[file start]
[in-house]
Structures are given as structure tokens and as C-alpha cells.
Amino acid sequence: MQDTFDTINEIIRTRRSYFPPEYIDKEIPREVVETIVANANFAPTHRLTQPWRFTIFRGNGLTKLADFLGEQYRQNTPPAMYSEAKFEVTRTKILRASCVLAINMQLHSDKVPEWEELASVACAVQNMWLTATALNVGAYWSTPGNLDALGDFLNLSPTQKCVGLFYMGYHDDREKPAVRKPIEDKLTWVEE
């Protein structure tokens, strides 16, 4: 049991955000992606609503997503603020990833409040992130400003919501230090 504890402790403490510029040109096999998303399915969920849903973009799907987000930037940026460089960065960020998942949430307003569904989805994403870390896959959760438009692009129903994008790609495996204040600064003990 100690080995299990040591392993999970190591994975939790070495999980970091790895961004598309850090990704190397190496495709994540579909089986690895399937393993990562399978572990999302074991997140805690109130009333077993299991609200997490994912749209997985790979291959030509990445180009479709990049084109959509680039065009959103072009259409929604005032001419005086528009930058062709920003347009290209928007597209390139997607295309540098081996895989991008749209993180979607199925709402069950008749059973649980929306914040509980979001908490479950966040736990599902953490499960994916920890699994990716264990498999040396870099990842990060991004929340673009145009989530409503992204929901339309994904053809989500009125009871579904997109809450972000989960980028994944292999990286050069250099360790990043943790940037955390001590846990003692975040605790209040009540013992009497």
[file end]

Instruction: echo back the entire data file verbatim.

[in-house]
Structures are given as structure tokens and as C-alpha cells.
Amino acid sequence: MQDTFDTINEIIRTRRSYFPPEYIDKEIPREVVETIVANANFAPTHRLTQPWRFTIFRGNGLTKLADFLGEQYRQNTPPAMYSEAKFEVTRTKILRASCVLAINMQLHSDKVPEWEELASVACAVQNMWLTATALNVGAYWSTPGNLDALGDFLNLSPTQKCVGLFYMGYHDDREKPAVRKPIEDKLTWVEE
């Protein structure tokens, strides 16, 4: 049991955000992606609503997503603020990833409040992130400003919501230090 504890402790403490510029040109096999998303399915969920849903973009799907987000930037940026460089960065960020998942949430307003569904989805994403870390896959959760438009692009129903994008790609495996204040600064003990 100690080995299990040591392993999970190591994975939790070495999980970091790895961004598309850090990704190397190496495709994540579909089986690895399937393993990562399978572990999302074991997140805690109130009333077993299991609200997490994912749209997985790979291959030509990445180009479709990049084109959509680039065009959103072009259409929604005032001419005086528009930058062709920003347009290209928007597209390139997607295309540098081996895989991008749209993180979607199925709402069950008749059973649980929306914040509980979001908490479950966040736990599902953490499960994916920890699994990716264990498999040396870099990842990060991004929340673009145009989530409503992204929901339309994904053809989500009125009871579904997109809450972000989960980028994944292999990286050069250099360790990043943790940037955390001590846990003692975040605790209040009540013992009497």